One defining aspect of my life is my love of writing. I enjoy finding new topics to write about, gathering and putting my thoughts about those subjects onto a page, refining these ideas as I go, and receiving feedback when my work is completed.
While doing research for this column, I found articles regarding the physical act of writing and why some people with autism struggle with it. This reminded me of my elementary school years when it seemed that every writing assignment was a battle for me to complete. Throughout those years, handwritten assignments caused me a great deal of anxiety. I did not understand why I was so anxious, but I have come to the realization that my writing problems had nothing to do with finding the right words in my mind and everything to do with my physical limitations. These included:
- The inability to hold a writing instrument correctly;
- The inability to regulate consistent writing pressure;
- The inability to maneuver a writing instrument on paper.
These issues were attributable to my weak muscle tone and fine motor deficiencies. Add to this a constant, unceasing stream of potentially distracting sensory overload which affected me daily, and one can start to understand why handwriting was such a challenge for me and can be for many others on the spectrum.
This revelation also jogged my memory regarding the many exercises and activities my therapists, teachers, and parents employed to help me develop my handwriting skills. Some of the therapies I remember include using a variety of hand/muscle strengthening tools, playing various rubber band games, and doing molding clay activities. I also used paper with raised lines  and an assortment of pencil grips . The raised-lined paper helped me to better contain the shapes and sizes of my letters allowing my words to be formed correctly. The pencil grips came in many different sizes and shapes and helped me obtain greater control of my writing instruments.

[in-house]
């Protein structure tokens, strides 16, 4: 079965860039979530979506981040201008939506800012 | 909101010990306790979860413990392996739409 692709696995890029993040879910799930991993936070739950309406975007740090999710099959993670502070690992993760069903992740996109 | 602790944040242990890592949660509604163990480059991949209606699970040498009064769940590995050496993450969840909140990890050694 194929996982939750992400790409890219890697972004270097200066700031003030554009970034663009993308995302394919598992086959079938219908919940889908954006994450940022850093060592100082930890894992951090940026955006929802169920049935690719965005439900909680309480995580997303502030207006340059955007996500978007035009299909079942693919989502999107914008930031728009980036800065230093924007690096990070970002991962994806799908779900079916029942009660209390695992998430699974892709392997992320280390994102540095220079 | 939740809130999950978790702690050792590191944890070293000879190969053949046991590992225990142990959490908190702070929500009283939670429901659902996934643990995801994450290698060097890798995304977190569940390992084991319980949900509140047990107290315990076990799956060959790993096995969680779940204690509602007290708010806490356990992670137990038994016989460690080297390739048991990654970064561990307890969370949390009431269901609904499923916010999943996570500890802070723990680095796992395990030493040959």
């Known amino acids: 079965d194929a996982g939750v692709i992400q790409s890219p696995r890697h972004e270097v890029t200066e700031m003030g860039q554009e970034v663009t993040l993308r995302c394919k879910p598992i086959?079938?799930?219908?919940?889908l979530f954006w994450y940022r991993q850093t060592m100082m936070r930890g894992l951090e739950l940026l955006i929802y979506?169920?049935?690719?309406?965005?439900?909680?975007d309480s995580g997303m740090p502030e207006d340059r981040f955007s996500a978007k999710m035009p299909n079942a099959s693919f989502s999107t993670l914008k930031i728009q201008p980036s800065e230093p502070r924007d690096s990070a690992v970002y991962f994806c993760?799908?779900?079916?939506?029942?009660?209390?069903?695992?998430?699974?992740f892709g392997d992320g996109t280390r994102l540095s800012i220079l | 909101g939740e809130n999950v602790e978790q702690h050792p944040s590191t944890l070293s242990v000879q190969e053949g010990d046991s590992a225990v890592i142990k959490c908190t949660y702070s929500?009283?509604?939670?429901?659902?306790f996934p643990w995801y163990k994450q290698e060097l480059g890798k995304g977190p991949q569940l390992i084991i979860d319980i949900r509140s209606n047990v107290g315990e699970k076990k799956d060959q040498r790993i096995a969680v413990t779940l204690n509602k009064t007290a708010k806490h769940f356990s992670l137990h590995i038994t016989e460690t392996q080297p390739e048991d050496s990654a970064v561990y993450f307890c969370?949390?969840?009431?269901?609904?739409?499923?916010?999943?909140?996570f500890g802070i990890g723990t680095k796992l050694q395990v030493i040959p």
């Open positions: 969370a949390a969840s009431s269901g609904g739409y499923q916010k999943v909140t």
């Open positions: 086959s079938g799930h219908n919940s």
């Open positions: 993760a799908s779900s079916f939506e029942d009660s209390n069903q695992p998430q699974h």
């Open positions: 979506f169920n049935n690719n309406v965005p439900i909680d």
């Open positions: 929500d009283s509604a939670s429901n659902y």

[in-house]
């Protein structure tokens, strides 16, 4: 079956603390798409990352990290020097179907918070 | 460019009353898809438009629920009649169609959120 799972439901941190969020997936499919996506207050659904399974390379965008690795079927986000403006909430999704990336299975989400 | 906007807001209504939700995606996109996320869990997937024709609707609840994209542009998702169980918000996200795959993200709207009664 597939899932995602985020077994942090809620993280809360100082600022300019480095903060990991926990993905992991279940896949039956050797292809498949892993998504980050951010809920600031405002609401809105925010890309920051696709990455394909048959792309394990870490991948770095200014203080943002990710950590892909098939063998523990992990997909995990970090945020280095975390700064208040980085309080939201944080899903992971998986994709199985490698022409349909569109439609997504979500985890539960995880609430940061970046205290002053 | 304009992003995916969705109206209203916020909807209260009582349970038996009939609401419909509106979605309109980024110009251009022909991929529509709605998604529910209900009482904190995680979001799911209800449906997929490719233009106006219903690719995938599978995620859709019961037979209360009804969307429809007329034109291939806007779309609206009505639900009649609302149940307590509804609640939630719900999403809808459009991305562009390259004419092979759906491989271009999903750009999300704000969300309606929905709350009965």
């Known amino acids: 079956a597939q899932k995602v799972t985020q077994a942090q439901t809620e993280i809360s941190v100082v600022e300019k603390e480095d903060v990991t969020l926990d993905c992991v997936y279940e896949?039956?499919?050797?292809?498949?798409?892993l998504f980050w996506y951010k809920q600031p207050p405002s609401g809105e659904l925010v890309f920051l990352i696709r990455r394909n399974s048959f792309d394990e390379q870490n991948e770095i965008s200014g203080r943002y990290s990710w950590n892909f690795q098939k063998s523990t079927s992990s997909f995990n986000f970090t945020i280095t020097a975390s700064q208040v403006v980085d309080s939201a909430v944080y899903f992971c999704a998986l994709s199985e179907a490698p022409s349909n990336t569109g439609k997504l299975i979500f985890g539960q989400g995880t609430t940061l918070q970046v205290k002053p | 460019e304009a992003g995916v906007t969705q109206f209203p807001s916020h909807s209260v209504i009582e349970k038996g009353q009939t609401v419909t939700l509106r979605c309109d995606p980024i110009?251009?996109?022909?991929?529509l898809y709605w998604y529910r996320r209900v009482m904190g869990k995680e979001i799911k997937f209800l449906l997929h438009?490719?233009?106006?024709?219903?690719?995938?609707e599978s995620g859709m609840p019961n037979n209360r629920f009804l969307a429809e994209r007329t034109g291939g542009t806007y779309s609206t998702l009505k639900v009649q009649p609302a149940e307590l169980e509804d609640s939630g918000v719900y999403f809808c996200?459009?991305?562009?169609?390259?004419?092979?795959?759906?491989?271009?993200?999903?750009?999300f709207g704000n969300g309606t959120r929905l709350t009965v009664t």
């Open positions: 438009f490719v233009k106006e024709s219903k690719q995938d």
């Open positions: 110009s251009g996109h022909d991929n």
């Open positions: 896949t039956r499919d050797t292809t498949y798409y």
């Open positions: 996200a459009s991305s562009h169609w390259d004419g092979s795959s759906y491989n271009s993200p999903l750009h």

Learning to play the piano also greatly contributed to my increased hand strength and finger dexterity. Another activity that I benefited from was learning the valuable skill of typing. I learned from an early computer game that is as old as I am called “Mario Teaches Typing .” This skill not only helped my hands physically, it also introduced me to another form of expressive communication.
Looking back, I can see that these therapies, tools, and activities along with many others have aided me in so many different ways and have only become noticeable now that some time has passed. For instance, the typing program was just a game based on a character I was intrigued by that I enjoyed playing, but today I see how much this learned skill has impacted my life. How could I have ever foreseen my typing this column on a laptop computer while I was playing a video game? Being able to type and use a computer has had the unexpected effect of circumventing many of the issues that plagued me as I struggled with my handwriting. By writing in this manner, I am free of the anxiety and physical challenges that presented themselves when I was younger. My wish is that those who have similar challenges will be introduced to methods that may help them with their own set of unique issues and that others will be willing to provide them with such opportunities. They may not understand what is being done for them, but in time, the events of the present may become clear and reveal their usefulness. These days, I rarely compose anything more than thank-you notes and birthday wishes by hand but am thankful that my letters, words, and sentences are legible and steady as I do so.